More than a dozen states are seeing another surge in whooping cough cases this year. The deadly epidemic that swept the country in 2010 was the worst outbreak in more than 60 years. A new study in pediatrics finds a link between the outbreak and California communities, where large numbers of parents refused to vaccinate their children due to personal or religious beliefs. The epidemic killed 10 infants and sickened more than 9,000 people in the state. Whooping cough or Pertusis is a highly contagious, bacterial infection that causes severe coughing fits. Experts say refusing vaccinations is not the only culprit behind recent outbreaks. Previous studies show vaccine protection wanes over time. Babies can't be vaccinated until they're a few months old, and even then it takes months to build immunity. Since the epidemic, California passed a law that makes it harder for parents to opt out of vaccines for non-medical reasons. Health officials encourage pregnant women to get vaccinated to prevent spreading whooping cough to newborns. Caregivers and anyone around newborns are also advised to keep their vaccinations up to date.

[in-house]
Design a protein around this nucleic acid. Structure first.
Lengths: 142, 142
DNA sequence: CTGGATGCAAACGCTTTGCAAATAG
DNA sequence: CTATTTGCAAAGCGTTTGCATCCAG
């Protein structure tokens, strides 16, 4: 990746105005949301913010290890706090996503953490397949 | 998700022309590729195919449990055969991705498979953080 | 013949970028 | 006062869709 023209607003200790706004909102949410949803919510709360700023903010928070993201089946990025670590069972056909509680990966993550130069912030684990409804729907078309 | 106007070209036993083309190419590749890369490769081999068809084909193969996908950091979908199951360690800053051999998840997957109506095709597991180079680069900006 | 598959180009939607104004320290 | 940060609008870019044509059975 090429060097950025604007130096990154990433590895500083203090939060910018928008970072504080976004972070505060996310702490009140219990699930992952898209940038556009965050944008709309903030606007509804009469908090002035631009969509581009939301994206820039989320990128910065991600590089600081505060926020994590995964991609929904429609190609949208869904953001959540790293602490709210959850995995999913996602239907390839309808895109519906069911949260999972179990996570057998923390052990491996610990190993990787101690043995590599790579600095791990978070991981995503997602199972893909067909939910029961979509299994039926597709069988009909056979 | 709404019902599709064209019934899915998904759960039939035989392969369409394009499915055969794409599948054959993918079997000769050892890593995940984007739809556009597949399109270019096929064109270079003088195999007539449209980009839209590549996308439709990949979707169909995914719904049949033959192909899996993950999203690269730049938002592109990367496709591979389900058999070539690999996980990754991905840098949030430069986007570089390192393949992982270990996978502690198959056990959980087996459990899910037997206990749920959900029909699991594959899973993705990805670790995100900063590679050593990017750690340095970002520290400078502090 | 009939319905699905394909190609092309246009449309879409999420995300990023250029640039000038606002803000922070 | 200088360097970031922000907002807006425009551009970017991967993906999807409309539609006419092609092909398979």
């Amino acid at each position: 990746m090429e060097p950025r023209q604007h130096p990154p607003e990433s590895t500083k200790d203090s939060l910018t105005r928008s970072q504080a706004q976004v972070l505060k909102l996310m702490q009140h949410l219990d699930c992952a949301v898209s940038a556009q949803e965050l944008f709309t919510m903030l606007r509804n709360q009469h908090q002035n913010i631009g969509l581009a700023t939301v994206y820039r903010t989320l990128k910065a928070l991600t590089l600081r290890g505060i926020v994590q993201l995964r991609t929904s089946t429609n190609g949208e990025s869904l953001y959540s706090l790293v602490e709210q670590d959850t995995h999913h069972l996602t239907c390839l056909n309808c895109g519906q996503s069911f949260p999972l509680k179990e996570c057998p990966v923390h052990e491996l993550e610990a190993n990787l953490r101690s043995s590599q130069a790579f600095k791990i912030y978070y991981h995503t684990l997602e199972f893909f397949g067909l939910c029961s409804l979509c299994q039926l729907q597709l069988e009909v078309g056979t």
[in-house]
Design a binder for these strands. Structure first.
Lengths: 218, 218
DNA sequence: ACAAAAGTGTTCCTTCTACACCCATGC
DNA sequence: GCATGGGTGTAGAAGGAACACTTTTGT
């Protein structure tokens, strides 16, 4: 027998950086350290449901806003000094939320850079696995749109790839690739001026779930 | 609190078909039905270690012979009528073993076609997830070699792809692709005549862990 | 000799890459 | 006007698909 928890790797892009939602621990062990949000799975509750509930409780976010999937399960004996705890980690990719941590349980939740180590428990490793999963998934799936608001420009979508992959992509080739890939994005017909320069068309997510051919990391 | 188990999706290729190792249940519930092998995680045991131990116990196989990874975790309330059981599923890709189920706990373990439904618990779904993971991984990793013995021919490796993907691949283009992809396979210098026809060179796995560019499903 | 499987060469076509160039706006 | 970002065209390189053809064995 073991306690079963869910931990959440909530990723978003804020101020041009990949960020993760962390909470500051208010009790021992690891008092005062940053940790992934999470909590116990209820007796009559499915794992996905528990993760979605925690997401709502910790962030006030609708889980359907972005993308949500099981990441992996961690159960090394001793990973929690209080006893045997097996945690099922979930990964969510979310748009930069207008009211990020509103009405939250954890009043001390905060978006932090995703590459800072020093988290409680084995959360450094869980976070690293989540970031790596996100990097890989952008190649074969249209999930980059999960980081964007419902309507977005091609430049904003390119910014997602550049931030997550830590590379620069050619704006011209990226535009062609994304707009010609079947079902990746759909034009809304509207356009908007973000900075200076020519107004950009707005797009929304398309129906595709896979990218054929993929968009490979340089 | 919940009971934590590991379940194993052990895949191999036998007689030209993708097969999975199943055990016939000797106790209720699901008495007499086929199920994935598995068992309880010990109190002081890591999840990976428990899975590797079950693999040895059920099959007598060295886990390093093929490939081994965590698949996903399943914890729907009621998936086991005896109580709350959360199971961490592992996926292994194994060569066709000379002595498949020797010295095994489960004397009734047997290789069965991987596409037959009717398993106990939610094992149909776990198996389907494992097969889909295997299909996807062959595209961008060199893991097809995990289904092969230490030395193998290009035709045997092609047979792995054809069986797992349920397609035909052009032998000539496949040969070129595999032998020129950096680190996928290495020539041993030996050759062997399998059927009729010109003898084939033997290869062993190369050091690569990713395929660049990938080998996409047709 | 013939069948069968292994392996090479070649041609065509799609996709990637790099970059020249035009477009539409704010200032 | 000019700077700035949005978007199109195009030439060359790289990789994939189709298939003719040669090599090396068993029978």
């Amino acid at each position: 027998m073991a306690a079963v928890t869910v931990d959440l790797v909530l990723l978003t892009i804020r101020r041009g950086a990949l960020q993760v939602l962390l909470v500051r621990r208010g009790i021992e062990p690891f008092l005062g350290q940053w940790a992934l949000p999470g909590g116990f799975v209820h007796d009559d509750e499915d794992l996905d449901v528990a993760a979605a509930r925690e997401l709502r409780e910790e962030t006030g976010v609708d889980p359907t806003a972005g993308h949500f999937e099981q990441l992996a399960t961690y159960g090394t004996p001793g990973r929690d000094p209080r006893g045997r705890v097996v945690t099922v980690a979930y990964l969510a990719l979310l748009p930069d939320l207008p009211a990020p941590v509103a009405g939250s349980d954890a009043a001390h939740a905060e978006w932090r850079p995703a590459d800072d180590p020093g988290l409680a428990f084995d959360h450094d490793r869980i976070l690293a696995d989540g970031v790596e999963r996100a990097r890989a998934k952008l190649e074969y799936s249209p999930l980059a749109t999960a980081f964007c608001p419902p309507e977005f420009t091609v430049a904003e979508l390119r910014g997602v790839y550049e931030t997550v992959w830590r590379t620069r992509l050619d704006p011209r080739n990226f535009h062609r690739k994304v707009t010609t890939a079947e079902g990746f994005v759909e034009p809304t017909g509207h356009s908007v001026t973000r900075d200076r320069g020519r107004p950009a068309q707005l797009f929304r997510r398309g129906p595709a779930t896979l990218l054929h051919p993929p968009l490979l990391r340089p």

Copyright 2013 Nexstar Broadcasting, Inc. All rights reserved. This material may not be published, broadcast, rewritten, or redistributed.